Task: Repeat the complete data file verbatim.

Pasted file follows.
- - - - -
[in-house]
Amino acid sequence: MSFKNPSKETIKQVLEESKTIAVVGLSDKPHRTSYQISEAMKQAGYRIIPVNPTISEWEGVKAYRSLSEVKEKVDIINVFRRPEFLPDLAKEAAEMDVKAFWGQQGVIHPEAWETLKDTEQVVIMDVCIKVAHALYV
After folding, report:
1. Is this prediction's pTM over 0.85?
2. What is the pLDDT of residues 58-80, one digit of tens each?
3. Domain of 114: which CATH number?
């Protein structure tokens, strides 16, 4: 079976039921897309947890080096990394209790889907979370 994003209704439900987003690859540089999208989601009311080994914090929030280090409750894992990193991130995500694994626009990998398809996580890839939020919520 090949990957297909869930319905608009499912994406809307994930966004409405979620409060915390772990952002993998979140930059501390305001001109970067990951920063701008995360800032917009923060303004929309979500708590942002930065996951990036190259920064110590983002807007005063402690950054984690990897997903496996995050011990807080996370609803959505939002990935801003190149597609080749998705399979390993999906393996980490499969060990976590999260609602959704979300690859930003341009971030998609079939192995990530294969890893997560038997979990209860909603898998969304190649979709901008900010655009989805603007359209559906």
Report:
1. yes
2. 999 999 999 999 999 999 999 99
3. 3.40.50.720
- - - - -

[in-house]
Amino acid sequence: MSFKNPSKETIKQVLEESKTIAVVGLSDKPHRTSYQISEAMKQAGYRIIPVNPTISEWEGVKAYRSLSEVKEKVDIINVFRRPEFLPDLAKEAAEMDVKAFWGQQGVIHPEAWETLKDTEQVVIMDVCIKVAHALYV
After folding, report:
1. Is this prediction's pTM over 0.85?
2. What is the pLDDT of residues 58-80, one digit of tens each?
3. Domain of 114: which CATH number?
């Protein structure tokens, strides 16, 4: 079976039921897309947890080096990394209790889907979370 994003209704439900987003690859540089999208989601009311080994914090929030280090409750894992990193991130995500694994626009990998398809996580890839939020919520 090949990957297909869930319905608009499912994406809307994930966004409405979620409060915390772990952002993998979140930059501390305001001109970067990951920063701008995360800032917009923060303004929309979500708590942002930065996951990036190259920064110590983002807007005063402690950054984690990897997903496996995050011990807080996370609803959505939002990935801003190149597609080749998705399979390993999906393996980490499969060990976590999260609602959704979300690859930003341009971030998609079939192995990530294969890893997560038997979990209860909603898998969304190649979709901008900010655009989805603007359209559906």
Report:
1. yes
2. 999 999 999 999 999 999 999 99
3. 3.40.50.720